Review: The Roaring 20’s (Lunacy Cabaret)

poster for lunacy cabaret

An enthusiastic hat’s off to the most politically correct dirty cabaret show no one’s heard of

A silly, yet snarky, and a little bit dirty, night of flappers, hula hoop artist, pantomime performers and much, much more, The Lunacy Cabaret presented The Roaring 20’s to a lively crowd at the Opera House on January 18th.

The Lunacy Cabaret presents professional circus artists, clowns and comedians in a night where they can cut loose from constraints of stuffy corporate gigs and show what they want to a spirited crowd of friends and fans.

The show starts with a land acknowledgment that calls out other stuffy land acknowledgements. Opening the show, a host comes on stage to give his personal take on recognizing the use of indigenous land. The host references a Vice article by local journalist Graham Isador, saying that these speeches always come off as disconnected and sometimes similar to a sad statement seen at a funeral. Respectfully making the audience laugh, he calls for us to hang out with our indigenous friends, or go to a fun pow wow to show our support of the indigenous community.

Different circus acts then take to the stage in hilarious performances, usually with a vintage spin, sticking to the theme of the Roaring ’20s. The performers are having a blast, which makes the audience enjoy it even more. Each act is short and completely different from the last, always keeping you laughing and excited about what could happen next.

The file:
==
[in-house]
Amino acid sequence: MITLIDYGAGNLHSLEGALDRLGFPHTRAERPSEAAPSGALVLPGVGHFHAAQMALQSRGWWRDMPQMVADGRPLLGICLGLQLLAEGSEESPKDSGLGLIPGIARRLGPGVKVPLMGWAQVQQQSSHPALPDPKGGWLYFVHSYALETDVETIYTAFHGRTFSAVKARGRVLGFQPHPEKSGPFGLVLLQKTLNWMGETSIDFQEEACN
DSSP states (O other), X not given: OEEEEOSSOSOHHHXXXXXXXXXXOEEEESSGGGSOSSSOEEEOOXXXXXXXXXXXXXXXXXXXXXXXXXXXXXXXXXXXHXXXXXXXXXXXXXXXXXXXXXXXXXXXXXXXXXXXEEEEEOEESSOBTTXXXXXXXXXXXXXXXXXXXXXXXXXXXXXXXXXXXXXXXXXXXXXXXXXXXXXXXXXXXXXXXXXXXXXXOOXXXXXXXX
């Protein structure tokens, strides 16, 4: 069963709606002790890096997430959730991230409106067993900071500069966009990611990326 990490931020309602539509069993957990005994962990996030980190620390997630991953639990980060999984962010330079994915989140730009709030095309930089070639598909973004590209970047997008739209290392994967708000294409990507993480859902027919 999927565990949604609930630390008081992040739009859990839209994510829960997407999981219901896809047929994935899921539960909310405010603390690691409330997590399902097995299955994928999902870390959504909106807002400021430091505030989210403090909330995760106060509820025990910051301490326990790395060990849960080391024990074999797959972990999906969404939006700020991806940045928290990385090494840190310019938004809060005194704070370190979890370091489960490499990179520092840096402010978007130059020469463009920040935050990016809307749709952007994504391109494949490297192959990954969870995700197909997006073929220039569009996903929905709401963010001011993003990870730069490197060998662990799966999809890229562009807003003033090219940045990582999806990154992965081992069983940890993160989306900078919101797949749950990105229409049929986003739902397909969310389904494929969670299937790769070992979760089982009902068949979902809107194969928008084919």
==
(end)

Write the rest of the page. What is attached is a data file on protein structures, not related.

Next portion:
Three different clown characters host the show; Dave Mckay (Sketchy the Clown), Jeff Kearns (Fesso) and Allan Turner (The Moon). The Moon, the self-proclaimed villain of the night, stands on a balcony to the side of the stage. His snide and sarcastic comments between each act made for some of my favourite moments of the night.

The crowd is fully invested in the performance; at times, audience members intermittently yell, “TAKE YOUR PANTS OFF,” at others, they throw vegetables at the host. Sketchy the Clown lets us know that vegetables have been placed under the seats of those up in the balcony for when they do not like his jokes.

I must say that this is the first show a host has ever roasted me on stage. He mentions the reviewers of Mooney on Theatre are in the audience, referencing it as to the reason why he can’t take off his pants… just yet.

Although the content may not be corporate-friendly, I will call it the most politically correct dirty show I’ve seen. One performer asks for consent with an audience member who she has asked to dress up as a vagina. Another host brings up the politics of the 1920s, he references women’s rights and racism, questioning why we look fondly on this time period.

The show ends with an incredible cord de lisse performance, I believe, by Cosmin Negreanu and Zel Tyrant (the show has no program for confirmation). Similar to silks, the performers execute incredible feats with a large rope that hangs from the ceiling. They hang, drop, and wrap themselves in the fabric and present gorgeous positions through their choreography.

A night full of non-stop laughing (from audience and performers alike) and gorgeous circus tricks. I will be for sure returning and bringing a group of friends with me. The company presents three shows a year, with the next on April 4, 2020, marking their fifteenth anniversary. The company proclaims to be “the longest-running cabaret show that no one knows about,” I am happy to have finally found it!


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